Crime is a species of performance art. Acts of murder, theft or fraud assume the collusive presence of an audience formed from that law-abiding majority for whom felony on a grand scale holds an inextinguishable glamour. Even a simple mugging possesses elements of street theatre, as if some sort of scenario had been worked out between the robber and his victim before the offence took place. However much we proclaim our hatred of the sinner, his sinfulness nourishes our less respectable dreams and fantasies. Thus the agents of havoc are easily metamorphosed into folk heroes, loved, envied and applauded even at the foot of the gallows.
Highwaymen were archetypal avatars of the criminal as popular entertainer. If during their heyday, in the 100-odd years between the Restoration and the accession of George III, they enjoyed undue levels of popular sympathy, this owed something to an awareness of their social origins as spoiled gentry or tradesmen corrupted by expensive tastes. That they stole horses, beat their victims senseless, shot or stabbed them and raped any wives or daughters who happened to be present was a tiresome bagatelle beside their skill in horsemanship, their deftness at eluding constables and magistrates and the dashing effrontery with which they rifled and plundered anybody stupid enough to be travelling country roads without a blunderbuss or a pistol primed.
In the case of the most celebrated of them all, Richard Turpin, hanged at York in 1739, a gap as wide as an ocean divides romance from reality. The facts, simply put, are these. Turpin, having turned up in York under the alias of John Palmer, quickly acquired a reputation for drunkenness and casual violence. Local magistrates grew suspicious when he refused to produce sureties after being bound over to keep the peace, and, having nailed him for horse-stealing, were cock-a-hoop to discover that their prisoner was a notorious Essex gang-leader with a £200 price on his head. Turpin’s criminal record, as well as highway robbery, included murder, theft and forgery, besides acting as an accessory to rape and torture. On the gallows, attired in a fancy coat and new shoes, ‘he threw himself off the ladder and expired directly’ and that (allowing for a spot of bother with surgeons trying to secure his corpse for dissection) should have been the end of the story.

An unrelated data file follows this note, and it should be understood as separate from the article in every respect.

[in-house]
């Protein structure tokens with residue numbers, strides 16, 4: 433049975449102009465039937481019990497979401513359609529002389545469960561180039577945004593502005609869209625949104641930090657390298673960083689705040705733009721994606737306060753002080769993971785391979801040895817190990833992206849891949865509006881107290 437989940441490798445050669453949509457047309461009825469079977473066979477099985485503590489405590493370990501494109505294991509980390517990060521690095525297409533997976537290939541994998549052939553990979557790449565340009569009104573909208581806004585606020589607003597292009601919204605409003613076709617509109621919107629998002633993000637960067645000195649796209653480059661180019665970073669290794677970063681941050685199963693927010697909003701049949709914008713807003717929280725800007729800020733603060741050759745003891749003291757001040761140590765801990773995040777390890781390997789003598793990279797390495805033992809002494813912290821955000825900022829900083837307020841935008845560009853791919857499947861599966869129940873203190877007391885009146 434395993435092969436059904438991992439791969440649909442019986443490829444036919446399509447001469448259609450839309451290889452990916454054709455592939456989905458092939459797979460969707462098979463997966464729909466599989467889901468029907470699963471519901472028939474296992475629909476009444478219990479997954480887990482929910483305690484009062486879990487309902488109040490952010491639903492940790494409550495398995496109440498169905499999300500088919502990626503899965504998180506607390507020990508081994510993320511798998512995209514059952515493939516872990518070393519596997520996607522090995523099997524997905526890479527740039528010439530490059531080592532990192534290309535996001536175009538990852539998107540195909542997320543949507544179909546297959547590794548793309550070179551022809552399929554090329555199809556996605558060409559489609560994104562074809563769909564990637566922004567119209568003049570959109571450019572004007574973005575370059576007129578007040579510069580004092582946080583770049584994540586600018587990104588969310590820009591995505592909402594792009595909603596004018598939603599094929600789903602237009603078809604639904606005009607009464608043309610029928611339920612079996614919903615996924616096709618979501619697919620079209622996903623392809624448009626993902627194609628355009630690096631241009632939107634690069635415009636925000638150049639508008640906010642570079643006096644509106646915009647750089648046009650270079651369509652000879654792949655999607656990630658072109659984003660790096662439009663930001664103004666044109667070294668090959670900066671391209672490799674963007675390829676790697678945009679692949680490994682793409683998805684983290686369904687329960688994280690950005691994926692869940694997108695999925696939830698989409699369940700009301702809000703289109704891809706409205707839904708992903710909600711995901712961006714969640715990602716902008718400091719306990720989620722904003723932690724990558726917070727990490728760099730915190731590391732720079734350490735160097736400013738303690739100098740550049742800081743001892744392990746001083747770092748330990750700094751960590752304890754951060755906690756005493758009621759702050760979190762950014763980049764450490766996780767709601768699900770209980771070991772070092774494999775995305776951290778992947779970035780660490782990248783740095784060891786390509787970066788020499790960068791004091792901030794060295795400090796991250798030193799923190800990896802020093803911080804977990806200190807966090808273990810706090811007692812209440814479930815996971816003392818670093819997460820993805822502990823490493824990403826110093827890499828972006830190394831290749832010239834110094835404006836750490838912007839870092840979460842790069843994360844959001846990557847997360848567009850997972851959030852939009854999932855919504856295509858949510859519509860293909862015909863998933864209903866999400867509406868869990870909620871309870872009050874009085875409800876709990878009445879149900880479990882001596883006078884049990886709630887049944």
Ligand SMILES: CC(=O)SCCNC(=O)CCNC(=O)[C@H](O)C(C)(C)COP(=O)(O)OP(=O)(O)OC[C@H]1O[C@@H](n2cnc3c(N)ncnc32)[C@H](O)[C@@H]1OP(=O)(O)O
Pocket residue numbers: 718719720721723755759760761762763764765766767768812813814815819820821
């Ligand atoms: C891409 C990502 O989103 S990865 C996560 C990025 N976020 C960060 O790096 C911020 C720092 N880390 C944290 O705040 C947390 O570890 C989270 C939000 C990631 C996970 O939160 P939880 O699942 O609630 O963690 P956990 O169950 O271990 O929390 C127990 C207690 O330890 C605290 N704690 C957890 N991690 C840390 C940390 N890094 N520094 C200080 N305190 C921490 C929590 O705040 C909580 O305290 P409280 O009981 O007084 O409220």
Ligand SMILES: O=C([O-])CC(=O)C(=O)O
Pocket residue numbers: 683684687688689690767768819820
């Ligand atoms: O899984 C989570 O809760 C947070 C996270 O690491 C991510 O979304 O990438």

That it wasn’t, and that the pockmarked Essex mobster should have been transformed into the nation’s favourite knight of the road, was largely due to a single book, the work of the 19th-century historical novelist William Harrison Ainsworth. The top bestseller of 1834, Rookwood has a corker of an opening sentence: ‘Within a sepulchral vault, and at midnight, two persons were seated’, and the public, forgiving its dog’s-dinner plot mechanisms, was further hooked by the bravura description of Turpin’s ride to York. This event, as Ainsworth later acknowledged, never actually took place, or if it did, was adapted from Daniel Defoe’s account of an earlier highwayman’s exploits. As for the hero’s mare Black Bess, whose death jerked many a Victorian tear, she was merely the novelist’s improvement on a hint from a ballad by the Regency humourist Horace Smith.
Since then the mythmakers have never looked back. James Sharpe, history professor at York University, has mighty fun unearthing different varieties of Turpiniana, from Alfred Noyes’s poem ‘The Highway- man’, a schoolroom cliché-fest full of lines like ‘The moon was a ghostly galleon tossed upon cloudy seas’, and the film Carry On, Dick (lots of jokes about Hattie Jacques playing the organ) to a pornographic accessory offered by an ‘Adult Novelties’ website, taking the form of a six-and-a-half-inch erect penis sporting tricorn hat, mask and pistols. Even something called ‘The British Sausage Appreciation Society’ has managed to cash in on the highwayman’s brief career as a butcher. ‘Everyone, it seems, wants a piece of Dick Turpin,’ comments Sharpe sardonically.
His book has a more serious purpose, however, which neatly and unexpectedly turns the final spotlight on the reader as opposed to the subject. As well as debunking the Turpin legend and painting a succinctly revisionist picture of law and order in Georgian England (not nearly so chaotic as we thought) Sharpe ponders the nature of our relationship with historical truth and the corrosive influence of modern media, with their passion for angles and soundbites, on attempts by experts to provide accurate interpretation of the past to a non-specialist audience. What sort of history, the writer asks, do we want? In the case of the Essex butcher turned housebreaker and horsethief before ending up in the arms of the British Sausage Appreciation Society, something as near to fiction as dammit. With Harrison Ainsworth’s help, the stable door has been flung open, Black Bess has bolted and we are not inclined to run very fast in pursuit.